McKelvey School of Engineering School of Medicine

Predicting the chaos in Tourette syndrome tics

During the pandemic, news reports surfaced of a surge of young adults showing up at doctors’ offices with unexplainable movement disorders that looked, perhaps to a nonspecialist, a little bit like Tourette syndrome.


But when those patients were sent to see a specialist, “They’d say, ‘that doesn’t look at all like any of my first thousand patients,’” said Kevin Black, MD,  a professor of psychiatry at Washington University School of Medicine in St. Louis. People with experience knew that there were telltale properties of the tics associated with Tourette’s, even though there is no one tool that allows a doctor to give a diagnosis on the spot.


However, research published Feb. 23 in the Journal of the Royal Society Interface by Black and Rajan Chakrabarty, PhD, the Harold D. Jolley Career Development Associate Professor of Energy, Environmental & Chemical Engineering at the university’s McKelvey School of Engineering, may signal that a diagnostic tool is near.

They have replicated and expanded on previous work to show that tics associated with Tourette syndrome have a fractal pattern. They also discovered that a key characteristic of that pattern in any individual can predict how severe the disease will become.

Specialists had long suspected there was some kind of pattern to tics associated with Tourette’s, and in the late 1990s, a seminal paper by Bradley Peterson and James Leckman was able to uncover that pattern — but only over a period of seconds to minutes.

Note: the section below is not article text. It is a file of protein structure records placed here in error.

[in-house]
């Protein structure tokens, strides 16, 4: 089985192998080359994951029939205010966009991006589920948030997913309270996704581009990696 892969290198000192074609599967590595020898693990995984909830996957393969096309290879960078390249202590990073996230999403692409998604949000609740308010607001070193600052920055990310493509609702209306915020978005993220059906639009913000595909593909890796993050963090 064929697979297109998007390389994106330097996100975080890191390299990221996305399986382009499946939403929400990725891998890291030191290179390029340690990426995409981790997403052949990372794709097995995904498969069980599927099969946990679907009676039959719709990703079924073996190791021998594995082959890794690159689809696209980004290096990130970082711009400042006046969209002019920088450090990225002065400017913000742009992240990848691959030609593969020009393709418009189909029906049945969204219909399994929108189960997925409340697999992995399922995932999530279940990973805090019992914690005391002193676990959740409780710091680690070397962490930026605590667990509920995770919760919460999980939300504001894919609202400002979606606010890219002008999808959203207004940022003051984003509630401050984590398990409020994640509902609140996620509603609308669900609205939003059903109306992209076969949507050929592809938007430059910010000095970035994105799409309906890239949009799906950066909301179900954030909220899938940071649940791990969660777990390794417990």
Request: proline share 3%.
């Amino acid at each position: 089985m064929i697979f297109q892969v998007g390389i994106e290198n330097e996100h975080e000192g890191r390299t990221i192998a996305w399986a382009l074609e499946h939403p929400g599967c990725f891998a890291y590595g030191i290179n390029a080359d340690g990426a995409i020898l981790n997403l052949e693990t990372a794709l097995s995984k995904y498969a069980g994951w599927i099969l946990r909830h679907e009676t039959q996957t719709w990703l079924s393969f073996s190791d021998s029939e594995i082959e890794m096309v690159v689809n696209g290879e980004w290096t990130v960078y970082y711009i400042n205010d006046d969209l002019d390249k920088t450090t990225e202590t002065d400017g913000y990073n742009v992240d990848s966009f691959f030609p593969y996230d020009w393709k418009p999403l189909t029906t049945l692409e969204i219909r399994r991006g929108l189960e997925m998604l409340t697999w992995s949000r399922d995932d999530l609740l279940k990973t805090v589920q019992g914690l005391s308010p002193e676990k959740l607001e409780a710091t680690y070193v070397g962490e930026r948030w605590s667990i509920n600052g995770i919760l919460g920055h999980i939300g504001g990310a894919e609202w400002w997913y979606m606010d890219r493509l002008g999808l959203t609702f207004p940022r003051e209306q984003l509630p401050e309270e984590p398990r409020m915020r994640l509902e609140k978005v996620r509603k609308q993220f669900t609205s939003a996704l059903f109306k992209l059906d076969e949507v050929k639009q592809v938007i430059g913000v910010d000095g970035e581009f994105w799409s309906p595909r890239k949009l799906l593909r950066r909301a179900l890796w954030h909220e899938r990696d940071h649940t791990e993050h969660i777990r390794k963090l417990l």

Black, a neuropsychiatrist who specializes in movement disorders, has been heading a research study on tics for years. As part of the New Tics Study, he had collected an impressive amount of data about tics in children as they were going through the yearlong diagnosis process.

He had all that data — nearly 1,000 minutes of footage documenting the timing of tics in 78 kids taken in two sessions, a year apart– but he needed a help of a complex systems scientist to figure out what the noisy datasets were telling him. He reached out to Chakrabarty. “My initial thought was, ‘Let’s just see if we can replicate Peterson’s finding,’” Black said.

Chakrabarty is an aerosol scientist and an expert in studying chaos and patterns in complex environmental systems; examples include studying the chaotic transport properties of pollution particles as they move through air under the influence of everything from wind to humidity to sunlight.

“Tics are chaotic,” Chakrabarty said. “Tics are a kind of chaos in human biology, in our neural networks.” His lab turned to the tools he uses to find the patterns in the chaos of aerosol systems.

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